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Crucial Fact

  • His favourite word was well.

Last in Parliament May 2004, as Liberal MP for Outremont (Québec)

Lost his last election, in 2011, with 24% of the vote.

Statements in the House

Child Pornography November 3rd, 2003

Mr. Speaker, I really do not understand from where the member is coming. Last week during the debate, for example, they said that, of course, police forces should have access to child pornography in the course of an investigation. They said as well that, of course, police forces should have access for training purposes and, of course, scientists should have access for valid reasons as well.

I would like to say to the House that the defence of “of course” does not exist within the criminal law. This is why we have to put in a defence that will be charter compliant, while protecting our children.

Justice November 3rd, 2003

Mr. Speaker, he has been to a sentencing circle himself. That is why I raised the point.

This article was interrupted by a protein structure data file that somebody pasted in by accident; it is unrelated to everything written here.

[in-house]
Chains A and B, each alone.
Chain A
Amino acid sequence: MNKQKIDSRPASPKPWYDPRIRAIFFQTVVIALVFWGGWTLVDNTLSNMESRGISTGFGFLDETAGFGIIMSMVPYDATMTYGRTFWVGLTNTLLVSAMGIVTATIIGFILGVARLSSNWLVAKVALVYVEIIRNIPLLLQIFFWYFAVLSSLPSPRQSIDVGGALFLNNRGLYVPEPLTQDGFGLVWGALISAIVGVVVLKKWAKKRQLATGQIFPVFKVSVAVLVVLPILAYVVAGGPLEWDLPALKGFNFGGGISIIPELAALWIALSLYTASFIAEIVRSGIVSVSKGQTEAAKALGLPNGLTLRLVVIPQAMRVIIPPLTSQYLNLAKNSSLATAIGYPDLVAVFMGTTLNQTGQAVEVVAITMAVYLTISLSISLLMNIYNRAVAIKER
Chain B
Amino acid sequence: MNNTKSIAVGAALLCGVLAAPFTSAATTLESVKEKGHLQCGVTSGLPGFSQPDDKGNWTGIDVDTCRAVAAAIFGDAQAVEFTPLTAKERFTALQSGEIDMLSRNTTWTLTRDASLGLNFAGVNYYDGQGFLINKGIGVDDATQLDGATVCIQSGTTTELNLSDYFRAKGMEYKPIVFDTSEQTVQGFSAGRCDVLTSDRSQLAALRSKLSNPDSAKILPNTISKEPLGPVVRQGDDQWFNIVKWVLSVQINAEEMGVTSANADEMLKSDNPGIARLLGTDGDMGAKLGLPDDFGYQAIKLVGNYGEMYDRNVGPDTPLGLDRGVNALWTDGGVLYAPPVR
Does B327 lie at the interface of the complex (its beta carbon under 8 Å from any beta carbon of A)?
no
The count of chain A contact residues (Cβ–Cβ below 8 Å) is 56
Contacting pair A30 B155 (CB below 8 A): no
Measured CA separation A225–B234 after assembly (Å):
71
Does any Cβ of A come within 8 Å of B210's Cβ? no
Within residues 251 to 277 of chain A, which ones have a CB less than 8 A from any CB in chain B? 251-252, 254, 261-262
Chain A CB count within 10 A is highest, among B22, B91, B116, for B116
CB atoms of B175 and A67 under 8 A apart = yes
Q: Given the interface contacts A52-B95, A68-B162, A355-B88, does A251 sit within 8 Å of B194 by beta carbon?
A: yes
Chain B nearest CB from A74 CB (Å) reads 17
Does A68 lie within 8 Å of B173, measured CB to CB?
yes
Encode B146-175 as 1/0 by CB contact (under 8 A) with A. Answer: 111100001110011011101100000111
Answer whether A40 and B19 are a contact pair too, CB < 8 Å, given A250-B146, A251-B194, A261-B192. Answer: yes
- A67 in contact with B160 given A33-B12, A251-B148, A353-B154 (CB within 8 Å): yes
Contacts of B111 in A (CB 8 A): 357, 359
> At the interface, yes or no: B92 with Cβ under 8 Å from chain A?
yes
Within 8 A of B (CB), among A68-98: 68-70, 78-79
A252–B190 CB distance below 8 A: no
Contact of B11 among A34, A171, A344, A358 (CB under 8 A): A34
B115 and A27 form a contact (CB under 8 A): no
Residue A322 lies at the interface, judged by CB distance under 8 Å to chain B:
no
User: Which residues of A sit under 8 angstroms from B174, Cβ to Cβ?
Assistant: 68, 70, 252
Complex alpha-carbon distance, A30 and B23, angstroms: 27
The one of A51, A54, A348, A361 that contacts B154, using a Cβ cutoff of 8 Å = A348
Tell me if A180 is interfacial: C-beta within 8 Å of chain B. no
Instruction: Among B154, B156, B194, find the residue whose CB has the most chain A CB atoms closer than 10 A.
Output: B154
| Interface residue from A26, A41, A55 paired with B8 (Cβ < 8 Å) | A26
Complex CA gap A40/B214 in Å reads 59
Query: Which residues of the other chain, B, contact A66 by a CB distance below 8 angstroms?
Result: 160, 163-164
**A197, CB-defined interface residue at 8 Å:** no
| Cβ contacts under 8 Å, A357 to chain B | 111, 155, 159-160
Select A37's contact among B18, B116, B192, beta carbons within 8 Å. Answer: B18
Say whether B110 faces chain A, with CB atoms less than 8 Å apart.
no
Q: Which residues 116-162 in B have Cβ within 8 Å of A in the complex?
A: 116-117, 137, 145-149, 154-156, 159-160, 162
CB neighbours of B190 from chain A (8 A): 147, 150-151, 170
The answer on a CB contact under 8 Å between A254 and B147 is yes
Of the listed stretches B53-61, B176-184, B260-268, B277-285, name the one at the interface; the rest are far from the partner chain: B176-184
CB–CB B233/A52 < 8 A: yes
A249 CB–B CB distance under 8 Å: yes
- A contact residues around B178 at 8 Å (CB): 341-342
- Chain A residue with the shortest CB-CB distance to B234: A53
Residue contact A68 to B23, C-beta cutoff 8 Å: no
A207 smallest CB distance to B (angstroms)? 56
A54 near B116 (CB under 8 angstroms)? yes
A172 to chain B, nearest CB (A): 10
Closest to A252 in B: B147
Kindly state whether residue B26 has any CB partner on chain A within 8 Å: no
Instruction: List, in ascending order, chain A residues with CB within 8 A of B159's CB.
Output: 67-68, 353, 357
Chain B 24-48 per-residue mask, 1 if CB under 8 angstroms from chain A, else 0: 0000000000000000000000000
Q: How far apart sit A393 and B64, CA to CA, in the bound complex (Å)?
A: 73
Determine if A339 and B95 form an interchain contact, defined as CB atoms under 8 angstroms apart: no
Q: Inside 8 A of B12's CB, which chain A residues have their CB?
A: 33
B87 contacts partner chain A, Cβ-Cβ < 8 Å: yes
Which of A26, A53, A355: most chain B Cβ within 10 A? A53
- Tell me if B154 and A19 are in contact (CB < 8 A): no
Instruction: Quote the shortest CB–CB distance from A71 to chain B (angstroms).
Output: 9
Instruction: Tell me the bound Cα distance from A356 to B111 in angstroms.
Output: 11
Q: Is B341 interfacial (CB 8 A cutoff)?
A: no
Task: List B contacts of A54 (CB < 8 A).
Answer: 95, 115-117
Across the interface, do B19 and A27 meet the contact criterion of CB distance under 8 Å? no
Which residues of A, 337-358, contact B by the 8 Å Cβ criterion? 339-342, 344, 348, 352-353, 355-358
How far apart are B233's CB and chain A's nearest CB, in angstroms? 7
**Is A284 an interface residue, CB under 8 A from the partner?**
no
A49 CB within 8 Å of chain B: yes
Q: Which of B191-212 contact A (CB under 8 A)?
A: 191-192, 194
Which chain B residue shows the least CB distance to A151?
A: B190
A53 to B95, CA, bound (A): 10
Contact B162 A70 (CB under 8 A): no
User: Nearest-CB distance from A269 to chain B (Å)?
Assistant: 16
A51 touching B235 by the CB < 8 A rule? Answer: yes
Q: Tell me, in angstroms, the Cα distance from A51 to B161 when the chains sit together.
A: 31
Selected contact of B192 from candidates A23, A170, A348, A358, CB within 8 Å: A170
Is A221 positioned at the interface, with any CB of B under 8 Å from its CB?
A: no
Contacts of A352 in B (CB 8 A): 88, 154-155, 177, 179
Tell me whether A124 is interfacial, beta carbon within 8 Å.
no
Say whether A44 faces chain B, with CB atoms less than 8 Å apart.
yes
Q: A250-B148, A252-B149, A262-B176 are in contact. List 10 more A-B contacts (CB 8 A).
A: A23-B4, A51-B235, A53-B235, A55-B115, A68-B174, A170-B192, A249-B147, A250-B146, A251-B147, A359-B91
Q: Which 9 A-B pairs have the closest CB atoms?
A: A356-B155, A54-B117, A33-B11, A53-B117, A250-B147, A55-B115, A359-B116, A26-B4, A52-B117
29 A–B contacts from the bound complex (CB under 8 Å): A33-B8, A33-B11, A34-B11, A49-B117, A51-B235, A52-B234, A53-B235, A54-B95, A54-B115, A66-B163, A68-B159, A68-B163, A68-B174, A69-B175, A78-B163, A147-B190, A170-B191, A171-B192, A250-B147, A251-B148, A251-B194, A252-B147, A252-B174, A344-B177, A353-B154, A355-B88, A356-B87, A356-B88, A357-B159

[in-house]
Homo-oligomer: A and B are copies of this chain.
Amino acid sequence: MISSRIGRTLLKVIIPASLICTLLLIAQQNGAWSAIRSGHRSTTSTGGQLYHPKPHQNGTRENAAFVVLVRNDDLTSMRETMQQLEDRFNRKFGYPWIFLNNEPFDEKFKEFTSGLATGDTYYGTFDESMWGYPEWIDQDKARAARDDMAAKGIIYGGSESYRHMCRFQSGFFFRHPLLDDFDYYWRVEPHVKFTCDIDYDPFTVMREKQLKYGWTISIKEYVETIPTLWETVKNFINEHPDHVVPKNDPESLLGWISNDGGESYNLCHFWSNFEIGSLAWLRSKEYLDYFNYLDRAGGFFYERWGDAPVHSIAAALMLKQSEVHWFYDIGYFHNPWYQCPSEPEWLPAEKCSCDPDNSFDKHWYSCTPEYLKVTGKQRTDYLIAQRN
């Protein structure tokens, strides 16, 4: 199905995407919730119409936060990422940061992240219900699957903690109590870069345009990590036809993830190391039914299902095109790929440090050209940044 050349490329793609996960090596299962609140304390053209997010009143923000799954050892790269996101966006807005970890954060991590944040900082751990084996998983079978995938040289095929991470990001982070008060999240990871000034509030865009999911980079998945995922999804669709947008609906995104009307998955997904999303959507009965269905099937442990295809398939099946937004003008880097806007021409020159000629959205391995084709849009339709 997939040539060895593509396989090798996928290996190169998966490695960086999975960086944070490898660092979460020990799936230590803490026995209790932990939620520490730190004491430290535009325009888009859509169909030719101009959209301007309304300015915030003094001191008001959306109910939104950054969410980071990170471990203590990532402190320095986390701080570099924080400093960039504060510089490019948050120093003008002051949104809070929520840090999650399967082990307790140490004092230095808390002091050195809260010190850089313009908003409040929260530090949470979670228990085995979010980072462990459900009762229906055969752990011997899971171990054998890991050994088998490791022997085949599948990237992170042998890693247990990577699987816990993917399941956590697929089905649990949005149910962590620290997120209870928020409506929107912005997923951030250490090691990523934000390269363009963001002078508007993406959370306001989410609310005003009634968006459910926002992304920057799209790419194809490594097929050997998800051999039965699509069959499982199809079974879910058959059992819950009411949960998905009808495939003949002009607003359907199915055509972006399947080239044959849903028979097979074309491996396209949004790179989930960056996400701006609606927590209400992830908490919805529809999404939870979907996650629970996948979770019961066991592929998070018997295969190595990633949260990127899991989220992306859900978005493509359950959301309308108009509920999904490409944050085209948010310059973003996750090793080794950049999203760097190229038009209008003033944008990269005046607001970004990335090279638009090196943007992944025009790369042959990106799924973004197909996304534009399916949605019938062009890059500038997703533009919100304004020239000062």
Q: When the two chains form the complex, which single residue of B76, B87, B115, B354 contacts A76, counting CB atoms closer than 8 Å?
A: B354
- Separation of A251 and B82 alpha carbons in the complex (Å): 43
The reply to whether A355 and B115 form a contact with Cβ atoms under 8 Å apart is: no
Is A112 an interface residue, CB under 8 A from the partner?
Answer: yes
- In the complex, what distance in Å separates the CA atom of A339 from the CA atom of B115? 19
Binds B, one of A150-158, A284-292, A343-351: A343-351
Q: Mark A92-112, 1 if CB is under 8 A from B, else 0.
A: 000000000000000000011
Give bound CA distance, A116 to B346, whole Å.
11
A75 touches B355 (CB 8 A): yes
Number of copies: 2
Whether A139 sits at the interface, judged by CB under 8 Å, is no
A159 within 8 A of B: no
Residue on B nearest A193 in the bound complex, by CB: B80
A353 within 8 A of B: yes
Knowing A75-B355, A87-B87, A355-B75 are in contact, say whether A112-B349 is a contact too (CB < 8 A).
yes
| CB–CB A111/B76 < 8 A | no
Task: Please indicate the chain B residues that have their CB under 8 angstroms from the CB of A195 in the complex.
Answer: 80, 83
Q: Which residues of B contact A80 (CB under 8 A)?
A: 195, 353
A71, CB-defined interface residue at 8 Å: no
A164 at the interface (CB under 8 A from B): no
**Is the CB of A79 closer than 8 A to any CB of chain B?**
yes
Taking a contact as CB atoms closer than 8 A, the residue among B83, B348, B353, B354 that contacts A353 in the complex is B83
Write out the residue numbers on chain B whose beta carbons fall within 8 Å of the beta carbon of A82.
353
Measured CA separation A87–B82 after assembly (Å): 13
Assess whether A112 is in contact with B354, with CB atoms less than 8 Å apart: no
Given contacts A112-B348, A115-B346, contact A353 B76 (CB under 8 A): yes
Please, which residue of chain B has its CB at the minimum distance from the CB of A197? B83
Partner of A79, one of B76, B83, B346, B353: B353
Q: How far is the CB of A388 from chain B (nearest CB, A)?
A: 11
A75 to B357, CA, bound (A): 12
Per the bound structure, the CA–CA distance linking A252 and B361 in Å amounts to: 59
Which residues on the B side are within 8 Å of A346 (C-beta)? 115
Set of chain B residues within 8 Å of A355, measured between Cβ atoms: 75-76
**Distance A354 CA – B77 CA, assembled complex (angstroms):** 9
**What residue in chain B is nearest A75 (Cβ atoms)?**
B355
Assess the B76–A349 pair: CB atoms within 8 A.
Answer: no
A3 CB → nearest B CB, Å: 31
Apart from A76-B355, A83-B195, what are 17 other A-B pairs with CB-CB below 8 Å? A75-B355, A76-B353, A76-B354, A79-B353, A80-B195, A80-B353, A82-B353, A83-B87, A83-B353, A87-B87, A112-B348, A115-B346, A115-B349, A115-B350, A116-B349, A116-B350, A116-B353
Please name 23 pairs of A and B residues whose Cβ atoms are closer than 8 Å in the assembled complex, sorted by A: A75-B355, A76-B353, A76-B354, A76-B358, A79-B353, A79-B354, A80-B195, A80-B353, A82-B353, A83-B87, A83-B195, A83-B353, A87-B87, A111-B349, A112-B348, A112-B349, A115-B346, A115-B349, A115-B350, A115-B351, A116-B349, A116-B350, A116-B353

The second point, if the member would know exactly what is taking place at Justice Canada and in the justice system, he would know that at this very moment there is a national conference on victims taking place Ottawa. It is the very first one of its kind, sponsored by Justice Canada. I was there this morning to meet with those people, who will provide the justice department and our country with valuable comments that we will be using in our future legislation.

Justice November 3rd, 2003

Mr. Speaker, the member refers to indeed a tragic event. He raises in his question many questions.

The first item that I would like to talk to is the sentencing circle. That has taken place in some provinces in western Canada and I would just like to say that so far what I have seen within the justice system it has proven to work properly, based on their culture.

Second, we know there is discretion existing in the criminal justice system. For example, they have raised the point of conditional sentencing, which is under review by the justice committee.